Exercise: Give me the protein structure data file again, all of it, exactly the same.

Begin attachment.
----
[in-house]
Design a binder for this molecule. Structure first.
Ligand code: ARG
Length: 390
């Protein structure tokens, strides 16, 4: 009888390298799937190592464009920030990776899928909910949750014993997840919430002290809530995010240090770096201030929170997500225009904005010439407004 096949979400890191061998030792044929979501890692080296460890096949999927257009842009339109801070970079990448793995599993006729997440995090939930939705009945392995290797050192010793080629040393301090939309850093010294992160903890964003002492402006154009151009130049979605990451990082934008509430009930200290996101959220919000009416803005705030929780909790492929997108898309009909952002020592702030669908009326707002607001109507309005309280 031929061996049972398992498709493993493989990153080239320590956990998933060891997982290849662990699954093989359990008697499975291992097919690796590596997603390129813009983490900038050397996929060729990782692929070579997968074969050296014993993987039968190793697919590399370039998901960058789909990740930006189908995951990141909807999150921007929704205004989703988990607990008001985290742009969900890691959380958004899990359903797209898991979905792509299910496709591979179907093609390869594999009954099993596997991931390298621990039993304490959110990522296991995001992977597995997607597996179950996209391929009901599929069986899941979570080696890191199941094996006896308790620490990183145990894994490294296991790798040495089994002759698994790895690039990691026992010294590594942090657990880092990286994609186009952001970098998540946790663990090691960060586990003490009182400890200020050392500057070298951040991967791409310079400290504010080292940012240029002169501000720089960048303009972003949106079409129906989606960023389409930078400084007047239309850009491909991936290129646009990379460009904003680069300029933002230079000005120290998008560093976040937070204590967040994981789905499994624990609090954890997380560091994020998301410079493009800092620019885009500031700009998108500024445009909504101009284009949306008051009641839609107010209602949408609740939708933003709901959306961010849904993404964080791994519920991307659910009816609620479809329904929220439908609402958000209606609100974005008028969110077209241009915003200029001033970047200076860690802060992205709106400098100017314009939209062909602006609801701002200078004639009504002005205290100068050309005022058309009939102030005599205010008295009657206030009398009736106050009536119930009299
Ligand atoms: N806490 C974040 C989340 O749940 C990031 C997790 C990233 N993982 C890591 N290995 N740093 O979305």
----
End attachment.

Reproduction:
[in-house]
Design a binder for this molecule. Structure first.
Ligand code: ARG
Length: 390
């Protein structure tokens, strides 16, 4: 009888390298799937190592464009920030990776899928909910949750014993997840919430002290809530995010240090770096201030929170997500225009904005010439407004 096949979400890191061998030792044929979501890692080296460890096949999927257009842009339109801070970079990448793995599993006729997440995090939930939705009945392995290797050192010793080629040393301090939309850093010294992160903890964003002492402006154009151009130049979605990451990082934008509430009930200290996101959220919000009416803005705030929780909790492929997108898309009909952002020592702030669908009326707002607001109507309005309280 031929061996049972398992498709493993493989990153080239320590956990998933060891997982290849662990699954093989359990008697499975291992097919690796590596997603390129813009983490900038050397996929060729990782692929070579997968074969050296014993993987039968190793697919590399370039998901960058789909990740930006189908995951990141909807999150921007929704205004989703988990607990008001985290742009969900890691959380958004899990359903797209898991979905792509299910496709591979179907093609390869594999009954099993596997991931390298621990039993304490959110990522296991995001992977597995997607597996179950996209391929009901599929069986899941979570080696890191199941094996006896308790620490990183145990894994490294296991790798040495089994002759698994790895690039990691026992010294590594942090657990880092990286994609186009952001970098998540946790663990090691960060586990003490009182400890200020050392500057070298951040991967791409310079400290504010080292940012240029002169501000720089960048303009972003949106079409129906989606960023389409930078400084007047239309850009491909991936290129646009990379460009904003680069300029933002230079000005120290998008560093976040937070204590967040994981789905499994624990609090954890997380560091994020998301410079493009800092620019885009500031700009998108500024445009909504101009284009949306008051009641839609107010209602949408609740939708933003709901959306961010849904993404964080791994519920991307659910009816609620479809329904929220439908609402958000209606609100974005008028969110077209241009915003200029001033970047200076860690802060992205709106400098100017314009939209062909602006609801701002200078004639009504002005205290100068050309005022058309009939102030005599205010008295009657206030009398009736106050009536119930009299
Ligand atoms: N806490 C974040 C989340 O749940 C990031 C997790 C990233 N993982 C890591 N290995 N740093 O979305």